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Strickland Talks Breaking Cycle Of Abuse

With October being officially designated nationally as Domestic Violence Awareness Month, Colleton County officials are making public stands against the criminal act. Locally, the Walterboro Police Department kicked off the month with a vigil and walk through Walterboro. One week later, Colleton County Sheriff R. Andy Strickland is taking inventory of his office’s statistics and is telling the public ways that the “cycle of abuse” can be broken, he said.

“Domestic violence is wrong and can be easily overlooked,” he said. “An abuser may not display abusive behavior twenty-four-seven. Sometimes, the abuser demonstrates positive character while in others presence, a type of behavior to mask what is going on behind closed doors.”

According to information provided by the sheriff’s office, the county’s top law enforcement agency responded to 182 domestic violence cases in 2015. Each of those cases involved a physical assault. In 2015, that number fell to 135 reported cases of domestic assault. Further local statistics have the sheriff’s office responded to 151 additional calls in 2015 just for people who were experiencing verbal abuse during a domestic disturbance. In 2016, there 190 such cases of reported verbal abuse. Statistics from 2017 were not yet available.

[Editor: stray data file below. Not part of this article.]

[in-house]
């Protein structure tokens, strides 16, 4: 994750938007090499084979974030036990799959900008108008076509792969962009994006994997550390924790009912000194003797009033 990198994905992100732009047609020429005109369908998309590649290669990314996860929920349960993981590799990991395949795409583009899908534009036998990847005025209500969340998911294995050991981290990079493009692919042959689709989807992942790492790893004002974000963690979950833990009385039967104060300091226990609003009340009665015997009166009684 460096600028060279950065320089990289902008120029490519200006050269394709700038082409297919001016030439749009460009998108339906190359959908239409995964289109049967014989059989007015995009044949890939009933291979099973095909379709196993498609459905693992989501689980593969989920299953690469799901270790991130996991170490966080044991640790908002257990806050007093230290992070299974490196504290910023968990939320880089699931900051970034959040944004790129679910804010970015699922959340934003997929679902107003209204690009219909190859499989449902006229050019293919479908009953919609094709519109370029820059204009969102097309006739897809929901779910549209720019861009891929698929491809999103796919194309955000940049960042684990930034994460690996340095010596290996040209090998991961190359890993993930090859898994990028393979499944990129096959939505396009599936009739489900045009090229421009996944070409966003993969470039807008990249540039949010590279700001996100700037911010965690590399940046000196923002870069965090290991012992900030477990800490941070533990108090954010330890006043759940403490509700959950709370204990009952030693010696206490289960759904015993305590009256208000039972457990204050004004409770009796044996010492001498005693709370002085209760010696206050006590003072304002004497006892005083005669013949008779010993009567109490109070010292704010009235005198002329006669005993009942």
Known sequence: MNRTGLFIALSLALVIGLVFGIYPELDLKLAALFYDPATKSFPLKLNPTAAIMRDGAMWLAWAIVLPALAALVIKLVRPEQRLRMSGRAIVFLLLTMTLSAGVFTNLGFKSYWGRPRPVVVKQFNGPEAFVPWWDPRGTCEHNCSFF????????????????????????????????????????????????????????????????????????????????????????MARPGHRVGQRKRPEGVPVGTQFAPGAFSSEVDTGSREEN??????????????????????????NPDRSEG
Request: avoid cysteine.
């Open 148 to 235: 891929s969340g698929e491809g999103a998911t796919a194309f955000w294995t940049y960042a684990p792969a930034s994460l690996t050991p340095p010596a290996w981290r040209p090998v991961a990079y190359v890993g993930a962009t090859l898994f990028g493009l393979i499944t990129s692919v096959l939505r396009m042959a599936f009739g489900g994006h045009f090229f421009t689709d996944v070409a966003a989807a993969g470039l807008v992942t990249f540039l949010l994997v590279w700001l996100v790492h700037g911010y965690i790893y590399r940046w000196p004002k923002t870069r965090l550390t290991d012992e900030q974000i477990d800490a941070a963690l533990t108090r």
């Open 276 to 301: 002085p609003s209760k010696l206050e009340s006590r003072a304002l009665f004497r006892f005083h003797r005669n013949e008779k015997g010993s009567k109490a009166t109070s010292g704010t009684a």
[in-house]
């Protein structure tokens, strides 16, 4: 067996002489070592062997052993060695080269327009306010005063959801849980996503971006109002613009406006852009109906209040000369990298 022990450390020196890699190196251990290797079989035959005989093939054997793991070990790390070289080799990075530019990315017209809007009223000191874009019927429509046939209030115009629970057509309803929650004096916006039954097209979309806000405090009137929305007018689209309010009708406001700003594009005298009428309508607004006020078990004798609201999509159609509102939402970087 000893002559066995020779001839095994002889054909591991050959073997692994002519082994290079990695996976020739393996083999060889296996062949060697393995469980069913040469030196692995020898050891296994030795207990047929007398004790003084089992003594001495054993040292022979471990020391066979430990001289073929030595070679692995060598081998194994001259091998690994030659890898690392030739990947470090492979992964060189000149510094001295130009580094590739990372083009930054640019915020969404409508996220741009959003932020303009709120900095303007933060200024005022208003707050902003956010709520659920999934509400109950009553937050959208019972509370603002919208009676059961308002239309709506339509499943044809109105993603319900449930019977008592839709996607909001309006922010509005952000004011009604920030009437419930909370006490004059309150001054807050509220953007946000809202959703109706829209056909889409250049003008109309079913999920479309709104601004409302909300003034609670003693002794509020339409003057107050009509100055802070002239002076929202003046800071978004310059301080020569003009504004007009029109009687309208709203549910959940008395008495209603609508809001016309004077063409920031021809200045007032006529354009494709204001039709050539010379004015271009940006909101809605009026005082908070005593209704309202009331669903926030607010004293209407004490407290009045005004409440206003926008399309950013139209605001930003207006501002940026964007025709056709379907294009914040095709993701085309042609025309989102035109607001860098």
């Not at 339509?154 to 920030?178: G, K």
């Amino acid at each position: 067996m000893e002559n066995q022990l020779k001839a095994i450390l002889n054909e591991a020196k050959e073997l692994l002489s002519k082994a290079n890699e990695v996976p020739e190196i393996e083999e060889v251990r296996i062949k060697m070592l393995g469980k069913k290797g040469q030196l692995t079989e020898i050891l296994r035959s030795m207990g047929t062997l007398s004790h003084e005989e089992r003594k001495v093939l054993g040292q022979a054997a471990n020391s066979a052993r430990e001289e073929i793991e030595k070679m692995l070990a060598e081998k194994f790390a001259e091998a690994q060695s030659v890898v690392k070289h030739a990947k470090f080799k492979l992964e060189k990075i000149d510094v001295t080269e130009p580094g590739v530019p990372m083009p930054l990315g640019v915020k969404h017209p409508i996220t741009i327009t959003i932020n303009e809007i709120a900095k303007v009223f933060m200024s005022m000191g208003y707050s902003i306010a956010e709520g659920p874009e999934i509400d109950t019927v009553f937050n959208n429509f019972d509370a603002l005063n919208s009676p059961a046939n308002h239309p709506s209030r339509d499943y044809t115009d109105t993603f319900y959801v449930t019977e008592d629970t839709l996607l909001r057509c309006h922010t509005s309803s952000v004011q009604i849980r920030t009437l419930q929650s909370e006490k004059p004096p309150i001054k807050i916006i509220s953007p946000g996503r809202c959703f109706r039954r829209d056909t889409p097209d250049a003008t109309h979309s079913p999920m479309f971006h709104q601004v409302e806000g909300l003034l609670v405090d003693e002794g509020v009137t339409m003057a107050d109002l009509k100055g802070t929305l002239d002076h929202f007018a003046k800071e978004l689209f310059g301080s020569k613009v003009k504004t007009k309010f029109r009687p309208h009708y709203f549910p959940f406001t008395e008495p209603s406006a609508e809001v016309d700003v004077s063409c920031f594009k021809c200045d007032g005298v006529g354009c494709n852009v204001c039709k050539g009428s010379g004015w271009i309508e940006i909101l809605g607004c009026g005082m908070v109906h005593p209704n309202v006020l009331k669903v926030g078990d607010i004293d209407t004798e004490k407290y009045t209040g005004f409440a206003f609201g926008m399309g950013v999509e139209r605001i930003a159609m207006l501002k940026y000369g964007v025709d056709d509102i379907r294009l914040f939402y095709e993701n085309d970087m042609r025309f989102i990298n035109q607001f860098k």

“No woman or man should have to be a victim of physical abuse. A victim should not feel like they are alone with no help,” he said. Strickland says that nearly one in four women will experience domestic violence during her lifetime. “And, in a lot of incidents, there are children in the household that experience this behavior also. I find that it is detrimental for children to experience such an act,” he said. “We need to break this cycle of violence. Domestic violence is not only involving physical abuse but also psychological, emotional, sexual or verbal abuse.

“We have to show the perpetrator that he or she does not have control by bringing these individuals forward to face a judge in court,” he said.

In each law enforcement agency, a publicly-funded victim’s advocate is offered to victims of violence. There is one at the Walterboro Police Department and provided through the Fourteenth Circuit Solicitor’s Office. At the local sheriff’s office, the Victims Advocate is Lynette Fryar.

“She will be there to help you through the court and protection order proceedings,” said Strickland. I want victims to know that the Colleton County Sheriff’s Office does not condone such actions and will be there for you,” he said. “You are not alone.”

During an interview with this paper about domestic violence, Strickland focused on giving victims enough courage to come forward, so that the “cycle of abuse” can be broken in the county.

“We have to work on a goal today and future to break the cycle of violence that affects so many of us and our love ones’ lives,” said Strickland.

Heather Walters (1203 Posts)